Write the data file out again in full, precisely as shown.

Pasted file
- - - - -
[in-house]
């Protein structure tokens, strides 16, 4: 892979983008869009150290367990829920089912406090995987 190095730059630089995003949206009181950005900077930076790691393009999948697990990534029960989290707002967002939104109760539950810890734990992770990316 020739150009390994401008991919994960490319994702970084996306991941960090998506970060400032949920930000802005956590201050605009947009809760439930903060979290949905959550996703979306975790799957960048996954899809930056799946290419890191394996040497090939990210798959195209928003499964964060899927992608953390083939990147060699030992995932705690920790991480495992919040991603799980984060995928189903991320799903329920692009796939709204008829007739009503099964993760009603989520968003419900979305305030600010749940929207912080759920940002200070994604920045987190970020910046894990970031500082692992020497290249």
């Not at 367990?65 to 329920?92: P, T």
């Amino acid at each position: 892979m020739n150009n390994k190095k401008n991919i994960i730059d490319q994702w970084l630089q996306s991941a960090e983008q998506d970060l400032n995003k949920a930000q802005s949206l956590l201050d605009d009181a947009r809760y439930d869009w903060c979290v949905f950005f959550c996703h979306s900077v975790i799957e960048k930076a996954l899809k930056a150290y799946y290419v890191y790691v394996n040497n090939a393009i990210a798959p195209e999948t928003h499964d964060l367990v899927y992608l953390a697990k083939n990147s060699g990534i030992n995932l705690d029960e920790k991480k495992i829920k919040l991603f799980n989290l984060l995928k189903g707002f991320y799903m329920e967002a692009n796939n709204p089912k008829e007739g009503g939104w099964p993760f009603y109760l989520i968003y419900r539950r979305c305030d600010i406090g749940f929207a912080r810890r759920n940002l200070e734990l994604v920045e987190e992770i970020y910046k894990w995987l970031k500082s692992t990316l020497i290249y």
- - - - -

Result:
[in-house]
């Protein structure tokens, strides 16, 4: 892979983008869009150290367990829920089912406090995987 190095730059630089995003949206009181950005900077930076790691393009999948697990990534029960989290707002967002939104109760539950810890734990992770990316 020739150009390994401008991919994960490319994702970084996306991941960090998506970060400032949920930000802005956590201050605009947009809760439930903060979290949905959550996703979306975790799957960048996954899809930056799946290419890191394996040497090939990210798959195209928003499964964060899927992608953390083939990147060699030992995932705690920790991480495992919040991603799980984060995928189903991320799903329920692009796939709204008829007739009503099964993760009603989520968003419900979305305030600010749940929207912080759920940002200070994604920045987190970020910046894990970031500082692992020497290249």
């Not at 367990?65 to 329920?92: P, T």
């Amino acid at each position: 892979m020739n150009n390994k190095k401008n991919i994960i730059d490319q994702w970084l630089q996306s991941a960090e983008q998506d970060l400032n995003k949920a930000q802005s949206l956590l201050d605009d009181a947009r809760y439930d869009w903060c979290v949905f950005f959550c996703h979306s900077v975790i799957e960048k930076a996954l899809k930056a150290y799946y290419v890191y790691v394996n040497n090939a393009i990210a798959p195209e999948t928003h499964d964060l367990v899927y992608l953390a697990k083939n990147s060699g990534i030992n995932l705690d029960e920790k991480k495992i829920k919040l991603f799980n989290l984060l995928k189903g707002f991320y799903m329920e967002a692009n796939n709204p089912k008829e007739g009503g939104w099964p993760f009603y109760l989520i968003y419900r539950r979305c305030d600010i406090g749940f929207a912080r810890r759920n940002l200070e734990l994604v920045e987190e992770i970020y910046k894990w995987l970031k500082s692992t990316l020497i290249y």